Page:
Newcastle filmmaker Ben Randall has released a trailer for his feature-length documentary Sisters for Sale, an epic journey to rescue his friends and reveal the true extent and devastation of human trafficking.
The Newcastle Herald reported last year that Mr Randall had set off in 2013 on an epic search across Asia to find 100 people he had photographed five years earlier and bring attention to the monstrous crime of human trafficking.
His mission, which spanned 10 months, 10 countries and 40,000 kilometres, became known as The Human, Earth Project.
Along the way he set himself the near impossible task of finding two young Hmong girls he had met while travelling through the mountainous regions of Vietnam in 2010.
The 16-year-old girls, known only as M and P, had been kidnapped and trafficked across the border into China to be sold as wives.
His incredible journey to contact, find and meet with two girls lost among a country of 1.357billion people is one of persistence and courage and will be featured in his documentary, which is due to be released in mid-2016.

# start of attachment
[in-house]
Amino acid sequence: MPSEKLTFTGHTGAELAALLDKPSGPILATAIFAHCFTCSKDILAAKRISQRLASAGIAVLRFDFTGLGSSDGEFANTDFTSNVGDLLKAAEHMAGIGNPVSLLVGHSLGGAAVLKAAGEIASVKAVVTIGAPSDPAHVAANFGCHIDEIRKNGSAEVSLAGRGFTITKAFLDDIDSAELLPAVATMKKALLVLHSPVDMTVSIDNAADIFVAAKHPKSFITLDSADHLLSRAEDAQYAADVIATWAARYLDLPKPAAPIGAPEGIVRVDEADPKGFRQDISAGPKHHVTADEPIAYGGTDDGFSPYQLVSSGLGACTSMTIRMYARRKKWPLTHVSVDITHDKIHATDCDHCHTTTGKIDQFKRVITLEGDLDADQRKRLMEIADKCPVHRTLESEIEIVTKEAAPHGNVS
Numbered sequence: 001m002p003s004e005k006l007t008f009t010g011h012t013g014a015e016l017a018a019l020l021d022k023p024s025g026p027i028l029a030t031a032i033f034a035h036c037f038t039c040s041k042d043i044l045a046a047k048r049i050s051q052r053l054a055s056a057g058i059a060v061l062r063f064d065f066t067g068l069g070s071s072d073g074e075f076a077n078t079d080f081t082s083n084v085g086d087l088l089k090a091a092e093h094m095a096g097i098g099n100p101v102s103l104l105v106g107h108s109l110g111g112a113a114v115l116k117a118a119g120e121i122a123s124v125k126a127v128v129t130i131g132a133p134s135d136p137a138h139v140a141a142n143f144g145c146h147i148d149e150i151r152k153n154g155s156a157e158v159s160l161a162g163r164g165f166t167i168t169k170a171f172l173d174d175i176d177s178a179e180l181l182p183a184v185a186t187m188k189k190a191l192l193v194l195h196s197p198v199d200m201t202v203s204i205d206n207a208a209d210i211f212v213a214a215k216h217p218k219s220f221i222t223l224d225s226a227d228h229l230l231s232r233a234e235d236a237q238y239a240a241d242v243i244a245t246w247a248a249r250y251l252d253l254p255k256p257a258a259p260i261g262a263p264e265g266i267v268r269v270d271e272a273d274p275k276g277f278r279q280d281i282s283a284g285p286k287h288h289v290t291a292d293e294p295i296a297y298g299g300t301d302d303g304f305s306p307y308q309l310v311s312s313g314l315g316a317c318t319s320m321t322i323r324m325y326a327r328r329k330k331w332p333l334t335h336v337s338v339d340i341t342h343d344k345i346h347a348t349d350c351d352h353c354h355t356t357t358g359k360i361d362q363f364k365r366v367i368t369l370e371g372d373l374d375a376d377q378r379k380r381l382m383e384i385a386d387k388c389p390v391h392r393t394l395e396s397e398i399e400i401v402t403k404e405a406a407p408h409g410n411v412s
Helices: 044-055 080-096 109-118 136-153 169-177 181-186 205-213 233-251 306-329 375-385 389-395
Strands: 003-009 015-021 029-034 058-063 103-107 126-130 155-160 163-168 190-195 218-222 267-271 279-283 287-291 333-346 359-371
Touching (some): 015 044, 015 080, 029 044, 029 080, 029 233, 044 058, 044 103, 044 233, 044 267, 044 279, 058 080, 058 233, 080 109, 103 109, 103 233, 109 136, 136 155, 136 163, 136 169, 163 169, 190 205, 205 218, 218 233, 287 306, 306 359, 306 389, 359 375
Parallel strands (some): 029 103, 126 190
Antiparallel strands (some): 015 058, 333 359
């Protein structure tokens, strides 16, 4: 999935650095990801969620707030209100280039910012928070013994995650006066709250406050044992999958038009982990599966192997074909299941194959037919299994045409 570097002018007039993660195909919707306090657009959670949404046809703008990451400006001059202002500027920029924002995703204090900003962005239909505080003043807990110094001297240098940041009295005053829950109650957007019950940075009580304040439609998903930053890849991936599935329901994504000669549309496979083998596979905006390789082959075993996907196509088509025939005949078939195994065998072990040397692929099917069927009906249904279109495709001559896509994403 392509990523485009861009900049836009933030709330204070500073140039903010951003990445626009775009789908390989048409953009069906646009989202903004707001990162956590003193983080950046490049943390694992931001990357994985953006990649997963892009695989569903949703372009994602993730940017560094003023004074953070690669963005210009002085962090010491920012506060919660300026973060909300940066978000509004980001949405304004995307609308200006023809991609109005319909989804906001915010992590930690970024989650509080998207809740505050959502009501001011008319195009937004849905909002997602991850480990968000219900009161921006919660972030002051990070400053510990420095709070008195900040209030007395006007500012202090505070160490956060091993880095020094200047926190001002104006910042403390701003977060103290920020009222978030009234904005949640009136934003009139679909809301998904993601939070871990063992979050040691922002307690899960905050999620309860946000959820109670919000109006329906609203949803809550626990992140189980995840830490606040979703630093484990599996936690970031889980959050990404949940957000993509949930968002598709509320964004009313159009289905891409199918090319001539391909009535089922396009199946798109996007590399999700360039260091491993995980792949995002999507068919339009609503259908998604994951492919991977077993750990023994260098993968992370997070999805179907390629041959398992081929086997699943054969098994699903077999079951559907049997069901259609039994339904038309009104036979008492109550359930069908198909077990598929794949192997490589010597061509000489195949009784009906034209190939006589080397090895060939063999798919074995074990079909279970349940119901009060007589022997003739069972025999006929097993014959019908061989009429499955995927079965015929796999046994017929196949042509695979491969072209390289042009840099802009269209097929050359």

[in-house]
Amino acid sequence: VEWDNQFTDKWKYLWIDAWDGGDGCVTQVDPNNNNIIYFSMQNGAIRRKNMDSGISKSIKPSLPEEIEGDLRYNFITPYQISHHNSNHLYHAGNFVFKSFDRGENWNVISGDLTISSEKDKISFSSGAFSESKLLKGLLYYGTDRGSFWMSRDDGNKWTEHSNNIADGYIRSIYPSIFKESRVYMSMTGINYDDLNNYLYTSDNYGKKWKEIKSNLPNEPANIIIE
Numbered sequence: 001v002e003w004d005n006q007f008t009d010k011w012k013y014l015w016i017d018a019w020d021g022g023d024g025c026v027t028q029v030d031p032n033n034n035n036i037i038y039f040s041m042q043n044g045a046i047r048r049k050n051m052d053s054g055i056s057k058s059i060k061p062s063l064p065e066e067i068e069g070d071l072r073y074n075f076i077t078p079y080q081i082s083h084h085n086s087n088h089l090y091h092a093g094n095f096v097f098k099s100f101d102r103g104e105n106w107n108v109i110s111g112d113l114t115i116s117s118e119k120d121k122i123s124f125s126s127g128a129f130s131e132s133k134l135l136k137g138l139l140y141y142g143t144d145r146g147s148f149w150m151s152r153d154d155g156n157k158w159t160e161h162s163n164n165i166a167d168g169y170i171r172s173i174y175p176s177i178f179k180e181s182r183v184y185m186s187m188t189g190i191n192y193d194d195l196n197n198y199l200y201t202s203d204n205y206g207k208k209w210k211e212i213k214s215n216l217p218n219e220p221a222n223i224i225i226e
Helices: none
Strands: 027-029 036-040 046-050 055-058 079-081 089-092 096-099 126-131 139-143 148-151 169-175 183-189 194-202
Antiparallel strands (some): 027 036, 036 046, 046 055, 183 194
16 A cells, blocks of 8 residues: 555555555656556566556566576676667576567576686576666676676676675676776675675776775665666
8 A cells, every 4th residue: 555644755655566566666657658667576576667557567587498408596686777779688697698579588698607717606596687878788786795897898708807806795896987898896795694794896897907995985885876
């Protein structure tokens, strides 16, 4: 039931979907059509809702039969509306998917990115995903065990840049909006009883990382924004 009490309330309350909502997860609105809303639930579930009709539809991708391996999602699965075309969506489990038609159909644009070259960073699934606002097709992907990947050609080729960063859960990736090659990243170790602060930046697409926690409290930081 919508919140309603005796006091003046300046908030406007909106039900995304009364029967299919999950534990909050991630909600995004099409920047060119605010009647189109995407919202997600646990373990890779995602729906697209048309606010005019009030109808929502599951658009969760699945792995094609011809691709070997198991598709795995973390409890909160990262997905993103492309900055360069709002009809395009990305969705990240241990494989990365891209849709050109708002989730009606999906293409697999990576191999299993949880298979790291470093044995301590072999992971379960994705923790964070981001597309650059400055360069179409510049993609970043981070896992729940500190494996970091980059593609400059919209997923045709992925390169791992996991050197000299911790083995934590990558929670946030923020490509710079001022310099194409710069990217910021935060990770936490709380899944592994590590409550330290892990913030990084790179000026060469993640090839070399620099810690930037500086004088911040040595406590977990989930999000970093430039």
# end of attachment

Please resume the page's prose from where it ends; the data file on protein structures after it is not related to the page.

”Women of the region find themselves caught between a violent custom and a vicious criminal underworld, trapped by poverty and political forces they do not understand,” a description of the film says.
“They are betrayed, stolen and sold across the border in their thousands, as brides and prostitutes for Chinese men.
“With an intimate, guerrilla-style production, Ben's investigation must remain hidden from extensive human trafficking networks embedded within the local communities.
“A stroke of luck leads him from the remote mountain villages of Vietnam to the modern mega cities of China, where he ultimately succeeds in contacting, locating and meeting with both M and a second trafficked friend.
“Still teenagers, both young women have given birth in China, and each now faces a decision no mother should ever have to make: the choice between her child and her freedom.
“As Ben struggles to find a solution for his friends, he is drawn ever deeper into the complex world of human trafficking, and realises that his journey has only just begun.”
For more information visit: www.humanearth.net